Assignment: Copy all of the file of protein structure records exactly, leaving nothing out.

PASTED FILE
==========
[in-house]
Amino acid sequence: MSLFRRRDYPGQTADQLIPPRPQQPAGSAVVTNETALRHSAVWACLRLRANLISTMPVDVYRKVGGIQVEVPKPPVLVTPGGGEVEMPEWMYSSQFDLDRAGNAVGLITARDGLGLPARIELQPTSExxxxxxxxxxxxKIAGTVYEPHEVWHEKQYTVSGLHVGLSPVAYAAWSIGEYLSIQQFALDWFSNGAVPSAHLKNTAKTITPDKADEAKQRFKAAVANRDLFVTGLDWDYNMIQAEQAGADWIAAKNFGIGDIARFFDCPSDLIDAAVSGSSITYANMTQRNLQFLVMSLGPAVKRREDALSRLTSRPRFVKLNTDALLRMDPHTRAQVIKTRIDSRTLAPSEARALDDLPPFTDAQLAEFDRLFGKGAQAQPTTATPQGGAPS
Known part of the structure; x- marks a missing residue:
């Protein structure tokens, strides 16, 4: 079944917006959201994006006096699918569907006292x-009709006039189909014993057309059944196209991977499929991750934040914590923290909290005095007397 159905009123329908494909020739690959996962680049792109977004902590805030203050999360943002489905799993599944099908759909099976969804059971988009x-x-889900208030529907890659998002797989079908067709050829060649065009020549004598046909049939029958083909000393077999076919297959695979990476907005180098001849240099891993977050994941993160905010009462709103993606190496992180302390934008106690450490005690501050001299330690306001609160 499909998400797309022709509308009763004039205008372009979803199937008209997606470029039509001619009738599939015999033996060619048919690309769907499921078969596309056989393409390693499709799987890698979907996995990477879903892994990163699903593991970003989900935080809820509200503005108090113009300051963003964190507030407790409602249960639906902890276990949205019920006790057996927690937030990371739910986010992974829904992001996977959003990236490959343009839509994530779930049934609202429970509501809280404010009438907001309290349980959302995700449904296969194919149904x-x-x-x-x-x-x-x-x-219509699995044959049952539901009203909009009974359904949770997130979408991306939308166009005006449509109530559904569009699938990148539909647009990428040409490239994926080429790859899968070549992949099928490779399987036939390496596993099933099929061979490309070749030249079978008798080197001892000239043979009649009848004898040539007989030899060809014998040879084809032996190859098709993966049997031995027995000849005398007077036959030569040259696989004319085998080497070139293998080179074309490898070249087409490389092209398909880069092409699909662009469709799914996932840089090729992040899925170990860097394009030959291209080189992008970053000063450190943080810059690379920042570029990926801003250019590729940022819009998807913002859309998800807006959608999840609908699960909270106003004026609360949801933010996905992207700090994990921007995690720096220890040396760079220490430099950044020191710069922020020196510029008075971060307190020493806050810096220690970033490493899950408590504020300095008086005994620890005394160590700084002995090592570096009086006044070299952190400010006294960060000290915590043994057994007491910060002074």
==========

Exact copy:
[in-house]
Amino acid sequence: MSLFRRRDYPGQTADQLIPPRPQQPAGSAVVTNETALRHSAVWACLRLRANLISTMPVDVYRKVGGIQVEVPKPPVLVTPGGGEVEMPEWMYSSQFDLDRAGNAVGLITARDGLGLPARIELQPTSExxxxxxxxxxxxKIAGTVYEPHEVWHEKQYTVSGLHVGLSPVAYAAWSIGEYLSIQQFALDWFSNGAVPSAHLKNTAKTITPDKADEAKQRFKAAVANRDLFVTGLDWDYNMIQAEQAGADWIAAKNFGIGDIARFFDCPSDLIDAAVSGSSITYANMTQRNLQFLVMSLGPAVKRREDALSRLTSRPRFVKLNTDALLRMDPHTRAQVIKTRIDSRTLAPSEARALDDLPPFTDAQLAEFDRLFGKGAQAQPTTATPQGGAPS
Known part of the structure; x- marks a missing residue:
């Protein structure tokens, strides 16, 4: 079944917006959201994006006096699918569907006292x-009709006039189909014993057309059944196209991977499929991750934040914590923290909290005095007397 159905009123329908494909020739690959996962680049792109977004902590805030203050999360943002489905799993599944099908759909099976969804059971988009x-x-889900208030529907890659998002797989079908067709050829060649065009020549004598046909049939029958083909000393077999076919297959695979990476907005180098001849240099891993977050994941993160905010009462709103993606190496992180302390934008106690450490005690501050001299330690306001609160 499909998400797309022709509308009763004039205008372009979803199937008209997606470029039509001619009738599939015999033996060619048919690309769907499921078969596309056989393409390693499709799987890698979907996995990477879903892994990163699903593991970003989900935080809820509200503005108090113009300051963003964190507030407790409602249960639906902890276990949205019920006790057996927690937030990371739910986010992974829904992001996977959003990236490959343009839509994530779930049934609202429970509501809280404010009438907001309290349980959302995700449904296969194919149904x-x-x-x-x-x-x-x-x-219509699995044959049952539901009203909009009974359904949770997130979408991306939308166009005006449509109530559904569009699938990148539909647009990428040409490239994926080429790859899968070549992949099928490779399987036939390496596993099933099929061979490309070749030249079978008798080197001892000239043979009649009848004898040539007989030899060809014998040879084809032996190859098709993966049997031995027995000849005398007077036959030569040259696989004319085998080497070139293998080179074309490898070249087409490389092209398909880069092409699909662009469709799914996932840089090729992040899925170990860097394009030959291209080189992008970053000063450190943080810059690379920042570029990926801003250019590729940022819009998807913002859309998800807006959608999840609908699960909270106003004026609360949801933010996905992207700090994990921007995690720096220890040396760079220490430099950044020191710069922020020196510029008075971060307190020493806050810096220690970033490493899950408590504020300095008086005994620890005394160590700084002995090592570096009086006044070299952190400010006294960060000290915590043994057994007491910060002074």